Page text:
Language is everything. Your words communicate what you value, as well as what you don’t. If you are redesigning your organization, take time to think about the words you select for job titles. This is important for paid staff as well as volunteers. If I’m volunteering to speak to customers as they walk into your business, I’d rather be called Door Holder than Greeter. For me, Door Holder has an added sense of warmth and hospitality.
On the flip side, there are times when job titles should not be placed at the forefront. I’ll never forget visiting an organization and meeting with staff from every aspect of the operation. After collecting their business cards at the end of the day, I noticed that none of their cards had their titles mentioned. Only their name, email, and phone number. How is that for contributing to a culture that values every employee equally? And the culture was the biggest complement I had for them. It was healthy, and the same heartbeat was felt in the President’s office, facilities management, human resources, food services, etc. They all held the same values, and you know what? They all spoke the same language.
If you’re implementing change, take a look at the organizational language. What words need to be eliminated from your meetings? One thing I always tell my staff is to take the word “try” out of their vocabulary. We’re not trying to do anything. We’re just going to DO it. We know we’re capable, so why talk about trying to do something that we already know is within reach?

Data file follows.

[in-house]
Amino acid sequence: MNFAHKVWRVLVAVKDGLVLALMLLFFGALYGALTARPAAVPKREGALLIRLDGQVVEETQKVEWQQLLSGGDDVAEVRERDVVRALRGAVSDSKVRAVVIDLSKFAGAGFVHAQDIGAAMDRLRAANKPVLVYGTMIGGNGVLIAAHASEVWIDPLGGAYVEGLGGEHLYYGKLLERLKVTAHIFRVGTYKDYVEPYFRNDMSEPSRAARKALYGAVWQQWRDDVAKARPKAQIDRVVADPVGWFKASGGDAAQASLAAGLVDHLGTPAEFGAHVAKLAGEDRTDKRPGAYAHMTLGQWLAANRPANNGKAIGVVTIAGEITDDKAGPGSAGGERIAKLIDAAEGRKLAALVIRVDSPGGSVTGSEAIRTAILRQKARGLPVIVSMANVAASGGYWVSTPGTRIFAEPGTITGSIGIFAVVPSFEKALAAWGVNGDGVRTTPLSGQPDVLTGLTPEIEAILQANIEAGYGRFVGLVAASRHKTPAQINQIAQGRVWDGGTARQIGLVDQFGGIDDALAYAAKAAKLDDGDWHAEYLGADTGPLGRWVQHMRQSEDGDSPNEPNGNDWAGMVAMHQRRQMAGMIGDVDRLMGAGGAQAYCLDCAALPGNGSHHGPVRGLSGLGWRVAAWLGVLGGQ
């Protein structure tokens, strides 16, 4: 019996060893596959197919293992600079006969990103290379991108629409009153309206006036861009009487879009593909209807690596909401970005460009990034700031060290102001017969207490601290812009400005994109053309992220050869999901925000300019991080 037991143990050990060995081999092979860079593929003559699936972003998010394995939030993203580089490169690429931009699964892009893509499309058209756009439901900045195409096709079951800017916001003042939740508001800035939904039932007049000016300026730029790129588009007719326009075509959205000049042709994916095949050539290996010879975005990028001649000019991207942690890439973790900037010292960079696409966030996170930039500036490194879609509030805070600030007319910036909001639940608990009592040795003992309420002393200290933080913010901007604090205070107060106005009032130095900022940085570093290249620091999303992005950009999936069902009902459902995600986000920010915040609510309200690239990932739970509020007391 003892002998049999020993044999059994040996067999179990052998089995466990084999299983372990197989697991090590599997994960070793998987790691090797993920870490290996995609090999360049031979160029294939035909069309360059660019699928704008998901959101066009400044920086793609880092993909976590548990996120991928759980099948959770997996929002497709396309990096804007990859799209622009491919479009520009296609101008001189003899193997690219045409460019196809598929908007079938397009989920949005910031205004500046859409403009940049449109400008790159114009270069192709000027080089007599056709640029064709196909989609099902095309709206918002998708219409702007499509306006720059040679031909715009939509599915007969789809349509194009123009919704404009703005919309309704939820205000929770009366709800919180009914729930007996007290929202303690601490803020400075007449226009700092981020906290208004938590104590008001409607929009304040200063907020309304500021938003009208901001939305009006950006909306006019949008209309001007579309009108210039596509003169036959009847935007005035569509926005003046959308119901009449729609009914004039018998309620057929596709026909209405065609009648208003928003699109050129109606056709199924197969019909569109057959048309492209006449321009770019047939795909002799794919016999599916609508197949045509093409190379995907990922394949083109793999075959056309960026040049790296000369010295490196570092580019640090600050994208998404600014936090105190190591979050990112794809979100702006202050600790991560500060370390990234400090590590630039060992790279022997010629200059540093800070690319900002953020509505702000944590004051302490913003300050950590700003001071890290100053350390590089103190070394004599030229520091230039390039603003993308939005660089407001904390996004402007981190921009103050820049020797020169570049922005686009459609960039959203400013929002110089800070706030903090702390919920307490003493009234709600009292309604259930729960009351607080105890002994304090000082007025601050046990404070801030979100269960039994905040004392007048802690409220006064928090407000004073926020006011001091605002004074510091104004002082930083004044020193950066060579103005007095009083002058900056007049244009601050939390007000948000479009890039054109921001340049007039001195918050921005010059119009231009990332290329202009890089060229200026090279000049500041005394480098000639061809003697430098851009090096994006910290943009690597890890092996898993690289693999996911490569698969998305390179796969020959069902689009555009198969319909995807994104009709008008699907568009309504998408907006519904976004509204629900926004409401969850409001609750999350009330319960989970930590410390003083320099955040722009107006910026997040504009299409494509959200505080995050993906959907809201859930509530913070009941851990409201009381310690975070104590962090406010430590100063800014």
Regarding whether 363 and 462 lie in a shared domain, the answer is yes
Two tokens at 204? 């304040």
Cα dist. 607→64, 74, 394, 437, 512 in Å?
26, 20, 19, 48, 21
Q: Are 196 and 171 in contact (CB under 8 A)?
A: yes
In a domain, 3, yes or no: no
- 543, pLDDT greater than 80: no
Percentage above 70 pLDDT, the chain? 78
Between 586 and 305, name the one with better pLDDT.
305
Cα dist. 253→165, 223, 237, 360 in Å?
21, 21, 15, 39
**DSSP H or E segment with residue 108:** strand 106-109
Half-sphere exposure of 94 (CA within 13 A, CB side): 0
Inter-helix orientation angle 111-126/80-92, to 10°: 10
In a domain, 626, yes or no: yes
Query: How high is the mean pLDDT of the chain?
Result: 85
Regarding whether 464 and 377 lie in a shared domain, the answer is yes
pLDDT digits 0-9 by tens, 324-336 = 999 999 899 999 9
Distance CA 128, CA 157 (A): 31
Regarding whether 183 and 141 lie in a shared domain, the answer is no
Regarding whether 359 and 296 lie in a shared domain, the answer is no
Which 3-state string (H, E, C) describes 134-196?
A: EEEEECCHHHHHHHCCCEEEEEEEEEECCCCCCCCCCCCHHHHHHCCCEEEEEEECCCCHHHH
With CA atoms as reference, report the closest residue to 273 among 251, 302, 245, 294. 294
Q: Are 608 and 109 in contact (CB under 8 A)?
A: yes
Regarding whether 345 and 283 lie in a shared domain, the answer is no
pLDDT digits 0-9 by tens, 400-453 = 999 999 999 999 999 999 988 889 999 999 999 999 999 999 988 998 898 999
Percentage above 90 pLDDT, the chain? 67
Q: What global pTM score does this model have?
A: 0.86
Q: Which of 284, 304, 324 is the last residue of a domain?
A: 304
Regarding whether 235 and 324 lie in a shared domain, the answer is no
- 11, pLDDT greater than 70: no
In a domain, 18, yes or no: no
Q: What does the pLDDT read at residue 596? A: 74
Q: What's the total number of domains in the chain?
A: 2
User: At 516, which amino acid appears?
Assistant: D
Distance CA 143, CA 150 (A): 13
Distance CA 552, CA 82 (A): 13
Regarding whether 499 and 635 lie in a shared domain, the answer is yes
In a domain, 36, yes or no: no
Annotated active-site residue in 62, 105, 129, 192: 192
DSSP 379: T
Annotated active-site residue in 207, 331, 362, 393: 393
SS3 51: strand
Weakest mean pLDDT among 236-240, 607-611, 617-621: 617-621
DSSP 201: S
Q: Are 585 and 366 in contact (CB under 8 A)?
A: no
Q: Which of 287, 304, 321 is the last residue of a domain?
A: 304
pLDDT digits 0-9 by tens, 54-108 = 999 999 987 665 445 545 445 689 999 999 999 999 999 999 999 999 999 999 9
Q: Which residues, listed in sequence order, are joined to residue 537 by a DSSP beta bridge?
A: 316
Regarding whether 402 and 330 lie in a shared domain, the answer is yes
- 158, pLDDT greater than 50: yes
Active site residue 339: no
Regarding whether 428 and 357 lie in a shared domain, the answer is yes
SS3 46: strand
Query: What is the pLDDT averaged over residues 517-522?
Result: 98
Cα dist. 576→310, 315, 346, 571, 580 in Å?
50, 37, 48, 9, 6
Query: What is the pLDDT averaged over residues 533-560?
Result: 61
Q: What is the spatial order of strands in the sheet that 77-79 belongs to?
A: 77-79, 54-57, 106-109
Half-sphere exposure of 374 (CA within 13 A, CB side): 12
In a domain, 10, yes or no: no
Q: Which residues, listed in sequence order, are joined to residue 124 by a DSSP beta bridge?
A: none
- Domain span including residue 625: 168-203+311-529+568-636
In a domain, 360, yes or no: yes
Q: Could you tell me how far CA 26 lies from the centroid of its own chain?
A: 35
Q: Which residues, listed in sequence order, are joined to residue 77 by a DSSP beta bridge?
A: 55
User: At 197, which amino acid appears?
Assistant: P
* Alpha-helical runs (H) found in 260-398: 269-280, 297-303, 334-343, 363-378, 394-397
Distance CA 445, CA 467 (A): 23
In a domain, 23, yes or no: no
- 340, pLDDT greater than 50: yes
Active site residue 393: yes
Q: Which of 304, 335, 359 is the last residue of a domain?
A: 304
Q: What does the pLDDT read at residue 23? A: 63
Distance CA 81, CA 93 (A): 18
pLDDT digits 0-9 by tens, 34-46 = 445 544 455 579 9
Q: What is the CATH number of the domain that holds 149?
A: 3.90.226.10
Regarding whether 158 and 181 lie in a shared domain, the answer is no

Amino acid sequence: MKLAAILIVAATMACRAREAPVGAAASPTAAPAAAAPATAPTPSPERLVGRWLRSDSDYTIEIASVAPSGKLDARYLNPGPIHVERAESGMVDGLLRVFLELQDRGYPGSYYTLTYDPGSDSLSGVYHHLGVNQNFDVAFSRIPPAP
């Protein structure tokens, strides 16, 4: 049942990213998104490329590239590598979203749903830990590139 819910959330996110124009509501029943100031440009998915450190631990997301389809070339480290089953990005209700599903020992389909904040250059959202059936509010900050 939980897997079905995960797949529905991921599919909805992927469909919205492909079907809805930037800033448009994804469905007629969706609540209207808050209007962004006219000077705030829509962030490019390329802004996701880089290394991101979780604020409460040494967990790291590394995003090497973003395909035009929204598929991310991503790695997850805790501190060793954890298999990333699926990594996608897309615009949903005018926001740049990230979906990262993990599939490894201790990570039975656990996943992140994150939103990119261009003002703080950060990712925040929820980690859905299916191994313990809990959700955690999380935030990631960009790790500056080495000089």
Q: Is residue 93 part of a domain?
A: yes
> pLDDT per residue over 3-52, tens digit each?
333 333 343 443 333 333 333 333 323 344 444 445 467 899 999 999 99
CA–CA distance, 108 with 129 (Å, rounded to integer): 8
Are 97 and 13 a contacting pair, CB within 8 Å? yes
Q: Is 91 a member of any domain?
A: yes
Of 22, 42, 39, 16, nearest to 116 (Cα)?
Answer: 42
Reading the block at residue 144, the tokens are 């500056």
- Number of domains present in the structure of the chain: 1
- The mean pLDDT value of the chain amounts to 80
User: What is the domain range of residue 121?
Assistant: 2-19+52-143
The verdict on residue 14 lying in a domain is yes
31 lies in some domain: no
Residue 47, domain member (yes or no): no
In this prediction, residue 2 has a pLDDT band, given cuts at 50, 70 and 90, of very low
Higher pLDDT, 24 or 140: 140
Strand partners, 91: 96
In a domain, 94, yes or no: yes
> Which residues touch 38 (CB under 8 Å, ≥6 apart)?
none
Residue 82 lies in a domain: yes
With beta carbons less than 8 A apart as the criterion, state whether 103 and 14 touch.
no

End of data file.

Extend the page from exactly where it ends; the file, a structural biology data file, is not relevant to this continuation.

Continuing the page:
Your signage is also significant. What is your written language communicating (e.g. building signage, emails and office memos)?
Finally, think of language that you want to start incorporating. One organization I work with provides elementary education to children in a city where the public school system has failed. Instead of addressing students by their first names, the staff addresses them by what they want to be when they grow up. My son attended their summer camp and was addressed as Dr. John because he aspires to become a physician. His favorite classmates were Professor MacKenzie, Fireman Edward, and Artist Giovanni. The school founder and CEO’s philosophy is that if you address the children by what they dream of becoming, they will believe their dream is reachable. My son lit up when he first realized he would be called what he dreamed of becoming–a doctor. At the end of his first day, he asked us to call him Dr. John at home.
Language matters. If you’ve been working with your company for several years, I recommend bringing in an outside consultant to help you determine what your company is actually saying to those outside the organization.